Natural health: Memory loss and autoimmune disorders

Megan Sheppard answers your questions on Memory loss and autoimmune disorders and gives suggestions for dealing with them naturally.

Natural health: Memory loss and autoimmune disorders

Q. I have a serious case of brain fog, although I can recall events clearly from decades ago, I walk into a room and can’t for the life of me remember what I came in to do. 

I’m always losing my keys, glasses, phone, and such things.

I admit to never having the greatest of memories, but it really does seem as if I am suffering more memory loss than I used to.

Is there anything that can help to sharpen or restore my memory, or is this simply a natural case of ageing?

A. While most of the situations you describe are all events that we accept as a normal part of the ageing process, it really doesn’t have to be this way. 

There are indeed steps you can take to minimise brain fog and improve your ability to recall information, along with having a healthy balanced diet and exercising regularly.

Essential Fatty Acids (EFAs) are crucial to brain function. DHA (Docosahexanoic Acid) is an omega-3 EFA that is crucial to the structure of cell membranes in the brain, and as an added bonus is also important to protect against macular degeneration.

You can get DHA by eating oily fish, or you can choose to supplement with specific DHA formulations.

GABA (Gamma Aminobutyric Acid) is another game changer when it comes to memory and brain function. It is found naturally in our brains, a neurotransmitter that is key to neuron activity — basically helping your brain cells relay and communicate effectively. GABA is thought to help with stress and anxiety disorders, sleep issues, and depression.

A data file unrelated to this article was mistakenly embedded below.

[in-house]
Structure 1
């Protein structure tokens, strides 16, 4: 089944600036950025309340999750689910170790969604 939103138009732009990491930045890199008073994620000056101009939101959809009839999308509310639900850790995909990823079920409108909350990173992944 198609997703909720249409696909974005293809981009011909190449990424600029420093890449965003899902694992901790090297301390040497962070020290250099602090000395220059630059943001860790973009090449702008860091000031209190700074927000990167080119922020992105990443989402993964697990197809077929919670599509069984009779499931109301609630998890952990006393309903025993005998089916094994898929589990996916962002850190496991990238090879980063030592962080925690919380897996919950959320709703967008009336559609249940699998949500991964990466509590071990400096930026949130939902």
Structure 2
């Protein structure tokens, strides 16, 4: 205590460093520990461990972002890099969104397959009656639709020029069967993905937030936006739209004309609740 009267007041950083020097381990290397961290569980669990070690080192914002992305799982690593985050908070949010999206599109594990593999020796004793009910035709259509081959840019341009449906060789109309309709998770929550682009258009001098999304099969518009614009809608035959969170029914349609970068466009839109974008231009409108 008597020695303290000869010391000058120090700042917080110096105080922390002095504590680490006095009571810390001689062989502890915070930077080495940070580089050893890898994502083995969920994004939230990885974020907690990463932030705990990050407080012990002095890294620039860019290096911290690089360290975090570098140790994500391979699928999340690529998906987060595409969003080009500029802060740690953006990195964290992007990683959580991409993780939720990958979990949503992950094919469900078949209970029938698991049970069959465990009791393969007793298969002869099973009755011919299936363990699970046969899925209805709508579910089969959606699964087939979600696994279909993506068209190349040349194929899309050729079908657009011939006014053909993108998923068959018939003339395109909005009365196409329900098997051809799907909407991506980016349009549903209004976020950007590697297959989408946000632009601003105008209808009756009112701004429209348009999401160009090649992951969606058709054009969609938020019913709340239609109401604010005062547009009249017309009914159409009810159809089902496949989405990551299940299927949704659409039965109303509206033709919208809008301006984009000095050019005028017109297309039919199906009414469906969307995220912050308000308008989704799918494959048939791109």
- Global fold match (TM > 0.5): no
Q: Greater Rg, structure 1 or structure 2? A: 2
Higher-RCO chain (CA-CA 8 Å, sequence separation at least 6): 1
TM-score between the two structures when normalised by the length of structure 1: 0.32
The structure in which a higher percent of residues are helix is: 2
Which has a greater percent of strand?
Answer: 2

There are certain types of tea, in particular oolong tea, that have been shown to contain significant levels of GABA. This tea is purported to keep your brain sharp and energy levels high, while relaxing your nervous system and balancing your endocrine system.

The South American Yerba Mate tea (Ilex paraguariensis) is worth a mention when it comes to memory and brain function.

Yerba mate is reputed to stimulate the mind, increase concentration and ease depressive moods without interfering with sleep.

It is widely used by students preparing for exams as it appears to stimulate the brain by aiding understanding, recall, and clear thinking — all the while soothing nerves and balancing the immune system.

There are a couple of herbal remedies that I highly rate when it comes to brain health — Brahmi (Bacopa monnieri), and Ginkgo biloba.

Brahmi is reputed to help with concentration, attention span, memory, and cognition; Ginkgo works by improving blood flow to the brain, increasing the nutrients and oxygen available to the brain cells.

Unfortunately, these herbs are now only available by prescription, but I can confirm that they are worth the effort.

Q. Why are there so many people — across all ages — with autoimmune disorders?

Is it something we are doing differently, or is it just a case of over-diagnosis?

A. There are a great number of theories and hypotheses around the ever increasing numbers of autoimmune sufferers, and we are yet to be presented with an answer that is definitive (or that everybody agrees on).

What basically happens with autoimmune disorders is that the body can no longer differentiate between healthy and unhealthy cells. The immune system effectively attacks your own body.

Currently, there are around 80 autoimmune disorders that are officially acknowledged, and this has led to a significant and ongoing body of research as to potential causes and treatments.

Commonly diagnosed autoimmune disorders include (but are by no means limited to) Hashimoto’s thyroiditis, Grave’s disease, rheumatoid arthritis, systemic lupus erythematosus, vitiligo, diabetes mellitus (Type 1), Crohn’s disease, Coeliac disease, and pernicious anaemia.

Many of these conditions seem to appear more often in females than males, and, as you mentioned, they don’t tend to discriminate based on age.

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